When you apply to buy life insurance, you go through an approval process called underwriting. This is when the insurance company decides whether to offer you coverage, what the conditions are, and how much you’ll pay. The evaluation often costs the insurer hundreds of dollars but there’s no charge to you.
Scrutiny increases as the desired amount of coverage increases. Since permanent life insurance allows tax-sheltered growth, there are more questions that have to be asked to comply with the Proceeds of Crime (Money Laundering) and Terrorist Financing Act.
The underwriting questions may seem daunting. You may think some aren’t relevant. Regardless, it’s very important that you answer accurately and disclose material facts.
What are the common questions? For simplicity, let’s assume that you’re applying for life insurance on your own life.
The basic questions
The insurance company will want to know your:
- name and date of birth;
- occupation, employer, and social insurance number; and
- home address and how long you’ve lived there.
Government-issued photo ID may be required to verify that you really are you.
What do you want to buy?
Life insurance companies use the same application forms for different products. They need to know the specific product and amount of protection you want (e.g., term life insurance with $1 million in coverage).
Why are you motivated to buy?
Life insurance is considered a product that’s sold, not bought. If you’re eager to buy, the insurance company make be suspicious. They want to know what’s motivating you. Some reasons like marriage or birth of a child are common.
Who are your beneficiaries?
Who receives the death benefit? You can designate more than one beneficiary and specify the portion each receives. Making the beneficiary revocable lets you change your mind later. If irrevocable, you need permission from the beneficiary first. Since the beneficiary could die before you do, you can specify a contingent beneficiary, too.
What other insurance do you have?
To prevent from being over-insured, you’re asked about:
- insurance you already have (type, amount, insurance company, when purchased); and
- insurance you’re applying to buy from other companies.
What’s your financial situation?
The insurance company asks about your assets and liabilities to determine if the amount of life insurance you want is reasonable. Approximations are usually acceptable. If you’re younger with children and a mortgage, that’s fine. Insurance is often still available to help build your estate to cover your obligations.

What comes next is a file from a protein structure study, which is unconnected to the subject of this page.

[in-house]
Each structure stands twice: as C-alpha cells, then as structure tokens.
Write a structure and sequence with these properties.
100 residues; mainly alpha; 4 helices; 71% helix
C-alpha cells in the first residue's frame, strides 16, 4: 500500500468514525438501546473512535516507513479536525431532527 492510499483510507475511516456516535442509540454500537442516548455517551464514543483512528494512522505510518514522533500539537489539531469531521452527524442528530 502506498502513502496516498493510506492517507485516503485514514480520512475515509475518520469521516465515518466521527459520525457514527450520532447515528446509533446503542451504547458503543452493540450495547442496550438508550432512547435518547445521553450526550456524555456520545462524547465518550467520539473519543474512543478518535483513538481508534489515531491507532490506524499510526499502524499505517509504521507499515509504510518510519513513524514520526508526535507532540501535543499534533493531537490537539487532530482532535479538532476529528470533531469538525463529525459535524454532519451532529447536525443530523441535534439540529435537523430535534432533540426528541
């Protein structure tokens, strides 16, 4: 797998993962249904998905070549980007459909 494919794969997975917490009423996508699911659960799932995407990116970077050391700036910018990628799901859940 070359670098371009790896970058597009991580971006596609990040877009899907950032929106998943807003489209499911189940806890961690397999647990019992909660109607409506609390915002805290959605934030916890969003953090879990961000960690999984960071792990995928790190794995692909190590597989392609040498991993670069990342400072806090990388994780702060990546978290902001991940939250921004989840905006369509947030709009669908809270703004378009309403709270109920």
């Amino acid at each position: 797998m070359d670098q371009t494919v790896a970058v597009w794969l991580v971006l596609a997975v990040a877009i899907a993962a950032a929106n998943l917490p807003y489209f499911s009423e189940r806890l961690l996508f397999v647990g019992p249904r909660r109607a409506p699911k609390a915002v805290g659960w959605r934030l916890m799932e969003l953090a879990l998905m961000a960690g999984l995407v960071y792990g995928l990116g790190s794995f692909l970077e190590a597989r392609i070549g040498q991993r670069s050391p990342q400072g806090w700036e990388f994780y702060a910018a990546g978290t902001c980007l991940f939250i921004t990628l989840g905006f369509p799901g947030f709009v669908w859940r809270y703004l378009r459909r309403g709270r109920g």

What’s your health like?
If you’re buying an iPad, your health doesn’t matter to Apple. If you’re buying life insurance, your health is very important. You’ll be asked about:
- height, weight, family health history;
- smoking (including marijuana) and drinking;
- any criminal offences or licence suspensions; and
- your most recent doctor’s visit: date, reason for going, if you received a prescription, and the outcome.
Depending on your answers and the desired amount of coverage, your answers may be verified with a paramedical examination or by your doctor (an attending physician’s statement).
If you don’t feel comfortable answering medical questions in front of your advisor, you may be able to answer them in private through a tele-interview or paramedical examination.
Tip: You may be asked to provide blood or urine for testing. If that makes you uncomfortable, you could look for life insurance with simplified underwriting. You pay more for this convenience.
What other activities do you do?
Some activities affect your chances of injury or death. If you skydive or drive race cars, you may face exclusions, get charged extra (a rating), or be declined. Your recent and planned foreign travel are also considerations.
How will you be paying?
The insurance company wants to know how you’ll pay for your premiums, whether it’ll be by cheque or pre-authorized withdrawals from your bank account.
Do you need temporary insurance?
If you qualify, the insurance company may offer you temporary life insurance at the time you apply and before approving you for regular insurance. The application form will state the conditions.
You sign the application to confirm that you understand the questions and have answered them correctly.
You can get the application form in advance from your advisor or the insurance company. Some sections may not apply to you. Additional forms may be required. Underwriting requirements differ by company and you might want to compare them before you apply.
Flickr: Véronique Debord-Lazaro